Anterior Cervical Disectomy & Fusion
This operation is performed on the neck to
relieve pressure on one or more nerve roots, or on the spinal cord. The
procedure is performed from the front, or anterior, approach.
Discectomy means to remove the disc. Surgery for anterior cervical
discectomy is performed with the patient under general anesthesia
lying on his or her back. The surgeon may place a traction device to pull on
the neck. During the course of the operation x-rays may be obtained to
assist the surgeon in the surgery. The surgeon will make an incision in the
front of your neck; if only one disc is to be removed it will typically be a
small horizontal incision in the crease of the skin. If the operation is to
be more extensive, the incision may be oblique (slanted) or longer. The soft
tissues within the neck are separated to allow the surgeon to reach the
front of the spine, following which the intervertebral disc and bone spurs
are removed. An operating microscope may be used to better display the area
while part of the disc is removed with forceps. Other instruments such as a
drill or bone-cutting instruments may be used to enlarge the disc space.
This will help the surgeon to relieve any pressure on the nerve or spinal
cord due to bone spurs or the ruptured (herniated) disc. Sometimes the space
between the vertebrae is refilled with a small piece of bone (fusion).
The bone may be yours (for example, from your hip bone) or it may be taken
from a bone bank. In time, the vertebrae may fuse, or join together. In
addition to the piece of bone, some surgeons may place a metal plate at the
fusion site to strengthen it.The neck incision is closed in several layers.
Skin suture material may need to be removed or the surgeon may use absorbing
sutures and strips of tape which you can later remove by yourself.
Historically and statistically, there are
few surgical risks with anterior cervical discectomy; however, some risk is
unavoidable and the unexpected may occur resulting in complications.
Although every precaution will be taken to avoid complications, common risks
possible with surgery are: infection, excessive bleeding (hemorrhage) and an
adverse reaction to anesthesia.
Other risks possible with anterior cervical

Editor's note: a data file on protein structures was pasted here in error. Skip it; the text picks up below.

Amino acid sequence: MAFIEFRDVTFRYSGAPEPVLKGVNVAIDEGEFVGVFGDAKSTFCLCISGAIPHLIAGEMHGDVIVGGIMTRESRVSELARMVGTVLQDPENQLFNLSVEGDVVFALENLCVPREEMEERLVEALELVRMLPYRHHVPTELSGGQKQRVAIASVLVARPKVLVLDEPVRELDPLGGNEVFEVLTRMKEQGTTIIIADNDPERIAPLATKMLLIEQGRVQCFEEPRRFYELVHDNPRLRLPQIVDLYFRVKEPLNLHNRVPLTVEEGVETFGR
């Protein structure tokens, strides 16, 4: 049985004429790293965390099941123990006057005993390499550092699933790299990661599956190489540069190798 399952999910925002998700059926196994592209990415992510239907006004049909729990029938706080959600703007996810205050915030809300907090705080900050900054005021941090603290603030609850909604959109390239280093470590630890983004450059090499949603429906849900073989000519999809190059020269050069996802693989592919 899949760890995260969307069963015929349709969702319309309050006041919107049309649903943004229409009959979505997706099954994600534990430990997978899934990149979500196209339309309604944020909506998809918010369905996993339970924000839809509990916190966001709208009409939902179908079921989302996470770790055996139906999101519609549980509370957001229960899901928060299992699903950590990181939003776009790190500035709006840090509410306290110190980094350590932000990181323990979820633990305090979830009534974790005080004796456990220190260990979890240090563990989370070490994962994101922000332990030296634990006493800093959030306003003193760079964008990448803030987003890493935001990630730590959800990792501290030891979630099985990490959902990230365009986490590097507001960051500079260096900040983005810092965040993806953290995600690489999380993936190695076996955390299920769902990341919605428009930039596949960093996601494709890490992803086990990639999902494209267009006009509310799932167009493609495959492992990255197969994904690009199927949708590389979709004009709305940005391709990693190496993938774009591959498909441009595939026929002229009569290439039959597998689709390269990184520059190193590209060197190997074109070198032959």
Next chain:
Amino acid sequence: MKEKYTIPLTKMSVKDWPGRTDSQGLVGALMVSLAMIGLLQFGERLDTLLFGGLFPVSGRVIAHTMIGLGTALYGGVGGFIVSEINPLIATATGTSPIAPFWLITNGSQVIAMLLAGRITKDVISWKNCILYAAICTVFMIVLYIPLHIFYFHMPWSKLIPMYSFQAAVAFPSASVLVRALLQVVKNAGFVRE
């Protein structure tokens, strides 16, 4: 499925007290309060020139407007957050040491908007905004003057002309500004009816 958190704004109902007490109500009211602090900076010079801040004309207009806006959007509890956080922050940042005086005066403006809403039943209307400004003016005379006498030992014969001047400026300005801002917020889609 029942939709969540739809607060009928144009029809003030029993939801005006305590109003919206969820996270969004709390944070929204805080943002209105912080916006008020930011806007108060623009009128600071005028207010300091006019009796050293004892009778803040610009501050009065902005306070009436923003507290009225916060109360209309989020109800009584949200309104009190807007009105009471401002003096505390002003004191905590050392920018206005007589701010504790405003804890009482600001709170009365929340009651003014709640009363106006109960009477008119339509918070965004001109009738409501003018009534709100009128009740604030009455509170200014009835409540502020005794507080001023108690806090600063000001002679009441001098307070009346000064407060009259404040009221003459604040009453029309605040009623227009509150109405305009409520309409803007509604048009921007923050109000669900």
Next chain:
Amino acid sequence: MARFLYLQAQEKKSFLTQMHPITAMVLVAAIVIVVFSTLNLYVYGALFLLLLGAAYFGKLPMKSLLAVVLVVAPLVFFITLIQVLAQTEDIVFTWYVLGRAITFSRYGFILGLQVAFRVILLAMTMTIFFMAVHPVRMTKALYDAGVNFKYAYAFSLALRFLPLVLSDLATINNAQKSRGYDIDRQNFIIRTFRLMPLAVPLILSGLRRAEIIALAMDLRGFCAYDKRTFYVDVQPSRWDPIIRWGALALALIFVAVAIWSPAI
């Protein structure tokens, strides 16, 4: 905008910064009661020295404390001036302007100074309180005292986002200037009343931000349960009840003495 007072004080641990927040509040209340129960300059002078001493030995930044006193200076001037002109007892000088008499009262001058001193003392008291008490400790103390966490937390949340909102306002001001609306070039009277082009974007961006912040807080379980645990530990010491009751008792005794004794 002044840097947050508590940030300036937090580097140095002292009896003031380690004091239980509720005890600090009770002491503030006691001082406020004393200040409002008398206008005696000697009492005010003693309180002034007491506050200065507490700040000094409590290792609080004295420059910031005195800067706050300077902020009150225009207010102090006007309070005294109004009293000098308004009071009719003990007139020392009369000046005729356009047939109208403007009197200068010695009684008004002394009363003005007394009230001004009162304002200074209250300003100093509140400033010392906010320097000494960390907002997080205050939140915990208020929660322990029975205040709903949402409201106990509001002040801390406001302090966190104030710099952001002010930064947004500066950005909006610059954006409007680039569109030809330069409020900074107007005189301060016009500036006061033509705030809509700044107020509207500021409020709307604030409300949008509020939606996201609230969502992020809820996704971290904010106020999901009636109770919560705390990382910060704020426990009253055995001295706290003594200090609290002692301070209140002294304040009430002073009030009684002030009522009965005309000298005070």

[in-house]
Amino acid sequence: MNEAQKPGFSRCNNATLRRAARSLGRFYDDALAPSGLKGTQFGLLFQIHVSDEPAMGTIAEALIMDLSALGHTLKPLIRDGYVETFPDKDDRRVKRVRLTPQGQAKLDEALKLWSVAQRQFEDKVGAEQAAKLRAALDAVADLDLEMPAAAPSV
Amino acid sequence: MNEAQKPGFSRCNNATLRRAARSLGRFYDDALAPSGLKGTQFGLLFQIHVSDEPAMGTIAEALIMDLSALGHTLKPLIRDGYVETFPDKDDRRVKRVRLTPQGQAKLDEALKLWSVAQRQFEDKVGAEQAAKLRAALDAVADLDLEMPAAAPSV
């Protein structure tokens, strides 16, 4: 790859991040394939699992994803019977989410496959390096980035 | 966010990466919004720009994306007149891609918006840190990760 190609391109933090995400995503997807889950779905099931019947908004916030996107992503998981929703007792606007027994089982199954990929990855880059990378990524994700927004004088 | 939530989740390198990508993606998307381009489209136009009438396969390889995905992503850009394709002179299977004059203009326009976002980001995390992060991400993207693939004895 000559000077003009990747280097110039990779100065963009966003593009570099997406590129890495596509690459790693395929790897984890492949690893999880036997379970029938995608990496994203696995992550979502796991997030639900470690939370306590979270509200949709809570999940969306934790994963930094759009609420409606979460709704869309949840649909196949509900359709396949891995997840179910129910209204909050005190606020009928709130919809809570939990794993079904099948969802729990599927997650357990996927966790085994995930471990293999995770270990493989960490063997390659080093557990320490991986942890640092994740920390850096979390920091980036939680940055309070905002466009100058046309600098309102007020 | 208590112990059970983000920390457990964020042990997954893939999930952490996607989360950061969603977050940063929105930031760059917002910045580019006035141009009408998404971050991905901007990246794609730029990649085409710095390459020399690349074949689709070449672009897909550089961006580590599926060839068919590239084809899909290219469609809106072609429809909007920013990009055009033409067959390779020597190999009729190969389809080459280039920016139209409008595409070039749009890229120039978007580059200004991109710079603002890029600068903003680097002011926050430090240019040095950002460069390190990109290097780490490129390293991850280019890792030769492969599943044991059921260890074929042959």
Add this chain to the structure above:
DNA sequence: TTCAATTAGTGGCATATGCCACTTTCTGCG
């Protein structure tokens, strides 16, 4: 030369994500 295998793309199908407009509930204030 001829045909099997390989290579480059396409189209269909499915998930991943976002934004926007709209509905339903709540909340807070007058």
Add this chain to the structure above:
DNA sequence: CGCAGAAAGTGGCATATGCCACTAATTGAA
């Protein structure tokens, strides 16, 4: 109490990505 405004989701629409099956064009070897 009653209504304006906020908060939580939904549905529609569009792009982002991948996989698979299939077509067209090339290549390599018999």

discectomy include: stroke; injury to the recurrent laryngeal nerve, which
causes hoarseness and may or may not be permanent; and injury to the
involved nerve root(s) or the spinal cord, both of which can cause varying
types and degrees of paralysis. The process of informed consent is designed
to make you familiar and comfortable with the reasonable expectations and
foreseeable risks. Your surgeon and anesthesiologist will discuss these with
you and assist you in your decision-making.
This operation is an extension of the
discectomy procedure. Also using an anterior approach, the surgeon removes a
part of the vertebral body to relieve pressure on the spinal cord. One or
more vertebral bodies may be removed including the adjoining discs. The
incision is generally longer. The space between the vertebrae is filled
using a piece of bone (fusion) and maybe a metal plate. Because more bone is
removed, the recovery process for the fusion to heal and the neck to become
stable again is usually longer than with anterior cervical discectomy.
Cervical Laminectomy and Discectomy
This operation is performed through a
vertical incision in the back of the neck, generally in the middle. Through
this opening the surgeon will use an instrument (a retractor) to pull aside
the strong muscles of the neck and expose the arch of bone (lamina) that
forms the spinal canal. A drill and bone cutting instruments are used to
remove the bone around the spinal cord (laminotomy) or the bone around the
nerve opening (foraminotomy). Once the nerve is located, it is moved gently
aside and an incision is made on the outside covering of the disc through
which the disc material is then removed.